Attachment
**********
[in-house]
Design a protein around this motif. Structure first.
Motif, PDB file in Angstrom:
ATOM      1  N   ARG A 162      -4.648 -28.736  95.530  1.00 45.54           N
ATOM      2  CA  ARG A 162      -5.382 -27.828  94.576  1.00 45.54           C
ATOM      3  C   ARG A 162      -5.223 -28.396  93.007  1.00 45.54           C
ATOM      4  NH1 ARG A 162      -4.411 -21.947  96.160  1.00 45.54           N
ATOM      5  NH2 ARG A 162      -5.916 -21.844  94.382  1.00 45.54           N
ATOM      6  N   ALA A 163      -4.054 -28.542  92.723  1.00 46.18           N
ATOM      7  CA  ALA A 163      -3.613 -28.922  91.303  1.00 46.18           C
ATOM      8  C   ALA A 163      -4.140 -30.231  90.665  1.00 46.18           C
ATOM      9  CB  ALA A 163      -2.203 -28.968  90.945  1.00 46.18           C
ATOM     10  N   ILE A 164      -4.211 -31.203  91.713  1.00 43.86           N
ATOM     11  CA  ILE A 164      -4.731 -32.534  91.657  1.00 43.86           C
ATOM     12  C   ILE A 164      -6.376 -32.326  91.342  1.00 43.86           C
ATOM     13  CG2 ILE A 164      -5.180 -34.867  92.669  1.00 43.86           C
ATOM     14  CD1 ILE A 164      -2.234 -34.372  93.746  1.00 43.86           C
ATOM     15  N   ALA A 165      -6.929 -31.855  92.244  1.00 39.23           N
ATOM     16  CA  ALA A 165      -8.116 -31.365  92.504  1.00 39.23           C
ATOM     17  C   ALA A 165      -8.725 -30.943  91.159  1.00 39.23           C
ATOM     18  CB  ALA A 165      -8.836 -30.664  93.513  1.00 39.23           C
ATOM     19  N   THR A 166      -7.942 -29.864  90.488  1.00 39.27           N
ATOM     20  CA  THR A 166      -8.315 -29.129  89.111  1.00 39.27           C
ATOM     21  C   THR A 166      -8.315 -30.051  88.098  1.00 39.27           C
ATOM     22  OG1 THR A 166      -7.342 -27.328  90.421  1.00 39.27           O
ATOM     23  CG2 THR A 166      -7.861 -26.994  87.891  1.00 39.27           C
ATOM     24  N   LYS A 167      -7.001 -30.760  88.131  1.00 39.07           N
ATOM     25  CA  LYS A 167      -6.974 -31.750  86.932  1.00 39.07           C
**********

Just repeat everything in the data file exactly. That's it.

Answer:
[in-house]
Design a protein around this motif. Structure first.
Motif, PDB file in Angstrom:
ATOM      1  N   ARG A 162      -4.648 -28.736  95.530  1.00 45.54           N
ATOM      2  CA  ARG A 162      -5.382 -27.828  94.576  1.00 45.54           C
ATOM      3  C   ARG A 162      -5.223 -28.396  93.007  1.00 45.54           C
ATOM      4  NH1 ARG A 162      -4.411 -21.947  96.160  1.00 45.54           N
ATOM      5  NH2 ARG A 162      -5.916 -21.844  94.382  1.00 45.54           N
ATOM      6  N   ALA A 163      -4.054 -28.542  92.723  1.00 46.18           N
ATOM      7  CA  ALA A 163      -3.613 -28.922  91.303  1.00 46.18           C
ATOM      8  C   ALA A 163      -4.140 -30.231  90.665  1.00 46.18           C
ATOM      9  CB  ALA A 163      -2.203 -28.968  90.945  1.00 46.18           C
ATOM     10  N   ILE A 164      -4.211 -31.203  91.713  1.00 43.86           N
ATOM     11  CA  ILE A 164      -4.731 -32.534  91.657  1.00 43.86           C
ATOM     12  C   ILE A 164      -6.376 -32.326  91.342  1.00 43.86           C
ATOM     13  CG2 ILE A 164      -5.180 -34.867  92.669  1.00 43.86           C
ATOM     14  CD1 ILE A 164      -2.234 -34.372  93.746  1.00 43.86           C
ATOM     15  N   ALA A 165      -6.929 -31.855  92.244  1.00 39.23           N
ATOM     16  CA  ALA A 165      -8.116 -31.365  92.504  1.00 39.23           C
ATOM     17  C   ALA A 165      -8.725 -30.943  91.159  1.00 39.23           C
ATOM     18  CB  ALA A 165      -8.836 -30.664  93.513  1.00 39.23           C
ATOM     19  N   THR A 166      -7.942 -29.864  90.488  1.00 39.27           N
ATOM     20  CA  THR A 166      -8.315 -29.129  89.111  1.00 39.27           C
ATOM     21  C   THR A 166      -8.315 -30.051  88.098  1.00 39.27           C
ATOM     22  OG1 THR A 166      -7.342 -27.328  90.421  1.00 39.27           O
ATOM     23  CG2 THR A 166      -7.861 -26.994  87.891  1.00 39.27           C
ATOM     24  N   LYS A 167      -7.001 -30.760  88.131  1.00 39.07           N
ATOM     25  CA  LYS A 167      -6.974 -31.750  86.932  1.00 39.07           C